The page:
The desire to work is the single most important factor determining placement opportunity.


Placement opportunities will continue to be available regardless of success or failure in previous placements.


Members work at the employer’s place of business.


Members are paid the prevailing wage rate, but at least minimum wage, directly by the employer.


Transitional Employment placements are drawn from a wide variety of job opportunities.


Transitional Employment placements are part-time and time-limited, generally 15 to 20 hours per week and from six to nine months in duration.


Selection and training of members on Transitional Employment is the responsibility of the clubhouse, not the employer.


Clubhouse members and staff prepare reports on TE placements for all appropriate agencies dealing with members’ benefits.


Transitional Employment placements are managed by clubhouse staff and members and not by TE specialists.


There are no TE placements within the clubhouse. Transitional Employment placements at an auspice agency must be off site from the clubhouse and meet all of the above criteria.



The clubhouse assists and supports members to secure, sustain and subsequently, to better their employment.


Members who are working independently continue to have available all clubhouse supports and opportunities including advocacy for entitlements, and assistance with housing, clinical, legal, financial and personal issues, as well as participation in evening and weekend programs.



The clubhouse is located in an area where access to local transportation can be assured, both in terms of getting to and from the program and accessing TE opportunities. The clubhouse provides or arranges for effective alternatives whenever access to public transportation is limited.


Community support services are provided by members and staff of the clubhouse. Community support activities are centered in the work unit structure of the clubhouse. They include helping with entitlements, housing and advocacy, as well as assistance in finding quality medical, psychological, pharmacological and substance abuse services in the community.


The clubhouse is committed to securing a range of choices of safe, decent and affordable housing for all members. The clubhouse has access to housing opportunities that meet these criteria, or if unavailable, the clubhouse develops its own housing program. Clubhouse housing programs meet the following basic criteria.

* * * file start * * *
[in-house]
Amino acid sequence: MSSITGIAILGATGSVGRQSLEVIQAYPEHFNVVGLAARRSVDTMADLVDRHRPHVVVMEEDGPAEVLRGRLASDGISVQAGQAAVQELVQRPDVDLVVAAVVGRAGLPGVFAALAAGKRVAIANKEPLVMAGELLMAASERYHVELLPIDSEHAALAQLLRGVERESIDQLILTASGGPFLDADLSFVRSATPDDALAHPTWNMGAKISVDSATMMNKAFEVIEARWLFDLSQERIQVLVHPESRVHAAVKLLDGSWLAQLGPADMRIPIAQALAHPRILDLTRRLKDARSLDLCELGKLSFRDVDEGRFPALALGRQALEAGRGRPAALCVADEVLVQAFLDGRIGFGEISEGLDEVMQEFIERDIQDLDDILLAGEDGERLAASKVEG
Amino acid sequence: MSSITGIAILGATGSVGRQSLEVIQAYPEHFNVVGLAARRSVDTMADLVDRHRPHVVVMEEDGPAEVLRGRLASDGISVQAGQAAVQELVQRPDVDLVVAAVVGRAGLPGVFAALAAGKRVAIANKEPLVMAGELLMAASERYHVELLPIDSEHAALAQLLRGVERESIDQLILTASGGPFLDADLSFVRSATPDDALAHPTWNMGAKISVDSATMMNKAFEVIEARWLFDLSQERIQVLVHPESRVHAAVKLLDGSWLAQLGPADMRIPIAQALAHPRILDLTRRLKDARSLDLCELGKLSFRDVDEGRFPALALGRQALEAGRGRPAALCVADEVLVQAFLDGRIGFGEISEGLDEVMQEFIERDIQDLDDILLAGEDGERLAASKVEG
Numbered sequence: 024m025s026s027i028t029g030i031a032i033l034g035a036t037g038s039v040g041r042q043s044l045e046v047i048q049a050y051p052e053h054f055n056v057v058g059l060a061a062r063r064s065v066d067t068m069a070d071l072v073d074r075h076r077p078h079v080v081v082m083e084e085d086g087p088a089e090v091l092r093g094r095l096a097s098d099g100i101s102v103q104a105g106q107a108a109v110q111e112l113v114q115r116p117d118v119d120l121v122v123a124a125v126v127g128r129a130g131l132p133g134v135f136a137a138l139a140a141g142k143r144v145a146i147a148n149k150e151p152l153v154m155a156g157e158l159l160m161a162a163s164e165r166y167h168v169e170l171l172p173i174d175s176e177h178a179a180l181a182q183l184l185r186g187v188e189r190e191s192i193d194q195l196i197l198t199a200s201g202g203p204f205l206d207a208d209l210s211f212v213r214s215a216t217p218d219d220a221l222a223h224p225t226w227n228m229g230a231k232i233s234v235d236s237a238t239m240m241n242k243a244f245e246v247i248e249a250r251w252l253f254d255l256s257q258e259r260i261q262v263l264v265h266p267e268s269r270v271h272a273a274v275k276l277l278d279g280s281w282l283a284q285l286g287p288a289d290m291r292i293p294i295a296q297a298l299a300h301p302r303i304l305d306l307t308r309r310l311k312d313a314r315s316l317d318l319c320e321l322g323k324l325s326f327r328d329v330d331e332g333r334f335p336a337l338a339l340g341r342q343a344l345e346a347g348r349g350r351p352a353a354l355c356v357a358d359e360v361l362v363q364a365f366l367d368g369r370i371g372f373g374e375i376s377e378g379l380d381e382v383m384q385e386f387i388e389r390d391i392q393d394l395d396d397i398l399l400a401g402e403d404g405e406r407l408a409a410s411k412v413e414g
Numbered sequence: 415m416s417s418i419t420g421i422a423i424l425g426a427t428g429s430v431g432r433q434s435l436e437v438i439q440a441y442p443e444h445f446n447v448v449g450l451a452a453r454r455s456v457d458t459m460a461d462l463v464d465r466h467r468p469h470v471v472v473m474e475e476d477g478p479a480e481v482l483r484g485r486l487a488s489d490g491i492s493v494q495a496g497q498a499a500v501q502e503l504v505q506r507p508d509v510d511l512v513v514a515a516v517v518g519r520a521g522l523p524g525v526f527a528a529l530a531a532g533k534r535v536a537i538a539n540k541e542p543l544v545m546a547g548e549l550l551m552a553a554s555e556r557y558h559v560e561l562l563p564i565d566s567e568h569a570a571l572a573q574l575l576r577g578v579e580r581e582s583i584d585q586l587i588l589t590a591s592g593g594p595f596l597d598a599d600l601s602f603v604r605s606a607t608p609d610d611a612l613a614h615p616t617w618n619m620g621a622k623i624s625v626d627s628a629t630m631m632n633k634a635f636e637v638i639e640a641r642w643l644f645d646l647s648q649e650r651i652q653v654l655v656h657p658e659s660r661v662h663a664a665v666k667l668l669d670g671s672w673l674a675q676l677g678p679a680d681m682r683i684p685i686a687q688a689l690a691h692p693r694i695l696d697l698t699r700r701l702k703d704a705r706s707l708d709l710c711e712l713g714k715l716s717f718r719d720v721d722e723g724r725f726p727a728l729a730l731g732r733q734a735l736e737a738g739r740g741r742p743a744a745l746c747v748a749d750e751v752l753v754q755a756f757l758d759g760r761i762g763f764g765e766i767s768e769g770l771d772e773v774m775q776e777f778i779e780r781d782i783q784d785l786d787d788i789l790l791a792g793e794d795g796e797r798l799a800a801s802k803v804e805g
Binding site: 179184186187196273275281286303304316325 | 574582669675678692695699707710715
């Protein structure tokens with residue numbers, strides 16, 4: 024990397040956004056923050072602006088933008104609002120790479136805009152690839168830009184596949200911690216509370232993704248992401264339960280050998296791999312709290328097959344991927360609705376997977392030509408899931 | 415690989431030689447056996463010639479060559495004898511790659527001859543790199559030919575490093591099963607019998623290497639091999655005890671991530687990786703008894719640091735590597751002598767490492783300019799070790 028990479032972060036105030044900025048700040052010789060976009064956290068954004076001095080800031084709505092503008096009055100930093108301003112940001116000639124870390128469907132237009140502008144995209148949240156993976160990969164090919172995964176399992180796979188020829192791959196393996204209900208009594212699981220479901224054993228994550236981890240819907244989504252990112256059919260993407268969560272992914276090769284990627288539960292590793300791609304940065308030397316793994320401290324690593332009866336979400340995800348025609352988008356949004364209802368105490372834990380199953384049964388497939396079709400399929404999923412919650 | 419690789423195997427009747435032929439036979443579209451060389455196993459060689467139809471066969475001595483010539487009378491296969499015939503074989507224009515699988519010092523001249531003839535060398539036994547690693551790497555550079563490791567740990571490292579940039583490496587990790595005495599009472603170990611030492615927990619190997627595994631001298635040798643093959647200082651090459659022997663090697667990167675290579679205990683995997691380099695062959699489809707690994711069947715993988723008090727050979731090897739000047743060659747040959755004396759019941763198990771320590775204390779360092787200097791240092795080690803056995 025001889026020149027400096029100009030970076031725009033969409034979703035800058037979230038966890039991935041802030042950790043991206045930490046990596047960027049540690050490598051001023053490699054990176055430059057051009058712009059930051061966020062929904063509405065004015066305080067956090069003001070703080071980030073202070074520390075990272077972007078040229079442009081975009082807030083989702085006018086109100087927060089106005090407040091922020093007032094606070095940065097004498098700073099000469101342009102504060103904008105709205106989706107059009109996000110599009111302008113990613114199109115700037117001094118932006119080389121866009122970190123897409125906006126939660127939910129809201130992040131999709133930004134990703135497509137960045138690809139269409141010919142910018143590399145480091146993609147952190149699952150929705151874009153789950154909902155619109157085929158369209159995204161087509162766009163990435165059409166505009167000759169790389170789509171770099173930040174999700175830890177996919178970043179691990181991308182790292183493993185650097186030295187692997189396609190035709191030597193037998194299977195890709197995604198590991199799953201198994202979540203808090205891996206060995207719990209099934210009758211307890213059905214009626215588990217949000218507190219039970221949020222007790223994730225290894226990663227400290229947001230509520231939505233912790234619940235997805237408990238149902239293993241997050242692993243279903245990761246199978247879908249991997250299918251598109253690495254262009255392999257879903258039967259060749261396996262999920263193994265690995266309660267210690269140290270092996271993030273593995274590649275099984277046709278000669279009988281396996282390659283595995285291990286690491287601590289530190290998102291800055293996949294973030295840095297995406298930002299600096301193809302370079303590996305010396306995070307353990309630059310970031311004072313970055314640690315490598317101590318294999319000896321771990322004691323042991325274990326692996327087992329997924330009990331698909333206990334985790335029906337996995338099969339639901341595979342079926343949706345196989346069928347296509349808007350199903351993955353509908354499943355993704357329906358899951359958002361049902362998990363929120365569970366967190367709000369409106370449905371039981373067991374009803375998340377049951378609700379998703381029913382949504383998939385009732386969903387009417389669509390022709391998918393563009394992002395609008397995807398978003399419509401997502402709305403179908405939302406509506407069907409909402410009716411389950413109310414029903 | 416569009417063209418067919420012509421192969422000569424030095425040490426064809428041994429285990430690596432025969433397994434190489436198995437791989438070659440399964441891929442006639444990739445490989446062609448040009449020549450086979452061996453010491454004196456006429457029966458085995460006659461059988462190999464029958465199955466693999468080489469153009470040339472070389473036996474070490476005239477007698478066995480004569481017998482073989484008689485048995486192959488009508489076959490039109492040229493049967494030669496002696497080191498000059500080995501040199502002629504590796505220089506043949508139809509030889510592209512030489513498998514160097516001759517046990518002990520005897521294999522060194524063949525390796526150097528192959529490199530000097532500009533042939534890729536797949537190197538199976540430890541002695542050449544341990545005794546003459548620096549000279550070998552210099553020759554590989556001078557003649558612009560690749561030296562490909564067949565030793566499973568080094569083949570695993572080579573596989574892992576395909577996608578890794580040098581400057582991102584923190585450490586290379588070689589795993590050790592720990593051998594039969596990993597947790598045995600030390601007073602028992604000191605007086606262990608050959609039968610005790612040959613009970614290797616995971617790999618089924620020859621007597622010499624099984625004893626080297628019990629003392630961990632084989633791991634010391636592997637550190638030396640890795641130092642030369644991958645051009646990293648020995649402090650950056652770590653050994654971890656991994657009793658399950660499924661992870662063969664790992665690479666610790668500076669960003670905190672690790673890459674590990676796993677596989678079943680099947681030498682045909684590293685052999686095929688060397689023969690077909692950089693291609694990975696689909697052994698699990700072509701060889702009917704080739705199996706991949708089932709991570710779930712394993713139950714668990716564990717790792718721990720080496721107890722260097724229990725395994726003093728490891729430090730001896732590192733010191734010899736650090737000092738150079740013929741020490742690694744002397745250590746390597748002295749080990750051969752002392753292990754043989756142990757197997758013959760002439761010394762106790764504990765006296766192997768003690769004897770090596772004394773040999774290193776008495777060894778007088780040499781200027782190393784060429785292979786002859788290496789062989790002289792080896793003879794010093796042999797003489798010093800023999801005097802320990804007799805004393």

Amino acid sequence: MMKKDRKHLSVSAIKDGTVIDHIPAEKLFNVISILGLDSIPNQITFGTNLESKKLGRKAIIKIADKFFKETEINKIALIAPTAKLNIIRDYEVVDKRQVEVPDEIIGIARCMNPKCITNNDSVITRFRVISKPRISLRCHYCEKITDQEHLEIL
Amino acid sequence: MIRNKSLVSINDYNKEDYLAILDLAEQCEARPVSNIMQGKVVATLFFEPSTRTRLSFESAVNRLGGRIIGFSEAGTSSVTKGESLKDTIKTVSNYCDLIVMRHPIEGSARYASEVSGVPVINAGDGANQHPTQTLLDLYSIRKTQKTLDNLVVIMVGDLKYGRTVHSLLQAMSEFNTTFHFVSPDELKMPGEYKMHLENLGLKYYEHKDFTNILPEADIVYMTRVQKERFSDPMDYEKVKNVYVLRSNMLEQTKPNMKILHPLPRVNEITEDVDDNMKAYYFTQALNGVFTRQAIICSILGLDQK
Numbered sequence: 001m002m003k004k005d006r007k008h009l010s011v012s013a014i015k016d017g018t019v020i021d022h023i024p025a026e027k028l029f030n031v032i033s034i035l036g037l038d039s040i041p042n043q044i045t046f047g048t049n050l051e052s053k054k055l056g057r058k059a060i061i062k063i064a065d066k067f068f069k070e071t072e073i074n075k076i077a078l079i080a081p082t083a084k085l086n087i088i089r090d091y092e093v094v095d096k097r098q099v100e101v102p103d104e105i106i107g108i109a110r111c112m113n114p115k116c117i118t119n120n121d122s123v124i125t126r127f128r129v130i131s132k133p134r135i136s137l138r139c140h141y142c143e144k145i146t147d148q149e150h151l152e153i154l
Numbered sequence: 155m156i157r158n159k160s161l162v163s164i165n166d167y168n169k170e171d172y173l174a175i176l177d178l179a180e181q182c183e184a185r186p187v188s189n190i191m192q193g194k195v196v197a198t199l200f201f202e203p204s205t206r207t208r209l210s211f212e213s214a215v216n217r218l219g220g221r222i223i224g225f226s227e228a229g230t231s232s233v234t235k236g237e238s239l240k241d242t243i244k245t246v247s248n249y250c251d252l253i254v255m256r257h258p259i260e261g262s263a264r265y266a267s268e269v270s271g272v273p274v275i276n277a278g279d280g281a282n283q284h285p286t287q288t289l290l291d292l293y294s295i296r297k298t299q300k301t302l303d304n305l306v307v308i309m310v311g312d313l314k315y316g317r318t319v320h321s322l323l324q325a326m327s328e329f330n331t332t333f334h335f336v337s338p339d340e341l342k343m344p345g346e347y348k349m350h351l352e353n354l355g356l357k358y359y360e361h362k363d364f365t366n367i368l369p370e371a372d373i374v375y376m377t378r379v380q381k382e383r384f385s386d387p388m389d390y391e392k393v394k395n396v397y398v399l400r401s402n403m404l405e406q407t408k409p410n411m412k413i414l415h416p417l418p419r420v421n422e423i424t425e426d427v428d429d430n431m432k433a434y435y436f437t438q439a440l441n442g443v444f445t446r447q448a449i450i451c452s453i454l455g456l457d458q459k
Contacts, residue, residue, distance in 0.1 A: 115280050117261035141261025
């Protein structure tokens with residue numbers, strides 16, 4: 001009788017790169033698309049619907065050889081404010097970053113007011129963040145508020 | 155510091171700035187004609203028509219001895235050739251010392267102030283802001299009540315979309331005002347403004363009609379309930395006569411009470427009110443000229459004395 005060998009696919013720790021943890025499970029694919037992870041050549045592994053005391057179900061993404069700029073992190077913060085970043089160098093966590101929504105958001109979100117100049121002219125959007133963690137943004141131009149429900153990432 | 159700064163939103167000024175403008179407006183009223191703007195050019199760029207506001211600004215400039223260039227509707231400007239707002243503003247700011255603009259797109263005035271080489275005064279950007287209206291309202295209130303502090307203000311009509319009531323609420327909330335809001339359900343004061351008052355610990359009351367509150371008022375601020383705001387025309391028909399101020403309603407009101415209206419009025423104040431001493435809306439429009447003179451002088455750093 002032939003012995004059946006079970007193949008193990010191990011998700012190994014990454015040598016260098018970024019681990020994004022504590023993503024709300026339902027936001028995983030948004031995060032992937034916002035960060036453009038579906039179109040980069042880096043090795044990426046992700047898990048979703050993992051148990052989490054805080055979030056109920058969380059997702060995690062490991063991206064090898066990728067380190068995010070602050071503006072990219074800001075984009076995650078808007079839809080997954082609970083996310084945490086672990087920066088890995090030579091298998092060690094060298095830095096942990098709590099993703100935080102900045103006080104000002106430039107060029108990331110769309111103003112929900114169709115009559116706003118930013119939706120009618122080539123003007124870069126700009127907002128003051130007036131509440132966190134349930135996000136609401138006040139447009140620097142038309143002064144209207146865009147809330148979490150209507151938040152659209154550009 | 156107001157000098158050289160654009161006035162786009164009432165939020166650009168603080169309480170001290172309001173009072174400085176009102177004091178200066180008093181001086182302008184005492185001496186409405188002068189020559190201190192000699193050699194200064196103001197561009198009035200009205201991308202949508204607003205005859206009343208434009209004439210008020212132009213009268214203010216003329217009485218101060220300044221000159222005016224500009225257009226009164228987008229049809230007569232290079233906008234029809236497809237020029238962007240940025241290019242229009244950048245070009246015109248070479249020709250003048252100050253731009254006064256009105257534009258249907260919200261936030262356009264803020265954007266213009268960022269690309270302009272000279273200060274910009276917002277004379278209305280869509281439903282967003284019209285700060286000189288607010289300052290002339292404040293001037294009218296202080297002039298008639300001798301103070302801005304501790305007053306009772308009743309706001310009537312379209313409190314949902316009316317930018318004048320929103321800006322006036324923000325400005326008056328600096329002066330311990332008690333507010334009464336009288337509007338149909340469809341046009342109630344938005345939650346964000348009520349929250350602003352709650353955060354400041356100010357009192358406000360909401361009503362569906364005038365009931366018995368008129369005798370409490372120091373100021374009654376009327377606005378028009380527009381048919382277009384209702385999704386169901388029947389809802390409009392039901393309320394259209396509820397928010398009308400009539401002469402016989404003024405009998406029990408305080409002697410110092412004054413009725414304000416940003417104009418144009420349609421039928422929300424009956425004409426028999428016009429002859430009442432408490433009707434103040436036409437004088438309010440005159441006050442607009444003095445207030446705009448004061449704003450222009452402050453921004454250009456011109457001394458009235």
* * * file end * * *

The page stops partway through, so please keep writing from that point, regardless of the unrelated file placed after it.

Members and staff manage the program together.


Members who live there do so by choice.


Members choose the location of their housing and their roommates.


Policies and procedures are developed in a manner congruent with the rest of the clubhouse culture.


The level of support increases or decreases in response to the changing needs of the member.


Members and staff actively reach out to help members keep their housing, especially during periods of hospitalization.


The clubhouse assists members to further their vocational and educational goals by helping them take advantage of adult education opportunities in the community. In addition, clubhouses provide in-house educational programs that significantly utilize the teaching and tutoring skills of members.


The clubhouse has a method and takes responsibility for objectively evaluating its effectiveness.


The clubhouse director, members, staff and other appropriate persons participate in a three-week training program in the Clubhouse Model at a certified training base. Consultations by the Faculty for Clubhouse Development are provided to all programs seeking to implement the Clubhouse Model.


The clubhouse has recreational and social programs during evenings and on weekends. Holidays are celebrated on the actual day they are observed.


The clubhouse provides an effective reach out system to members who are not attending, becoming isolated in the community, or hospitalized.



The clubhouse has an independent board of directors, or if it is affiliated with a sponsoring agency, has a separate advisory board comprised of individuals uniquely positioned to provide fiscal, legal, legislative, consumer and community support and advocacy for the clubhouse.


The clubhouse develops and maintains its own budget, approved by the board or advisory board prior to the beginning of the fiscal year and monitored routinely during the fiscal year.


Staff salaries are competitive with comparable positions in the mental health field.


The clubhouse has the support of appropriate mental health authorities and has all required licenses and certifications. The clubhouse seeks and maintains effective relationships with family, consumer and professional organizations.


The clubhouse holds open forums and has procedures which enable members and staff to actively participate in decision making regarding governance, policy making, and the future direction and development of the clubhouse.


October 1996
Revised January 2001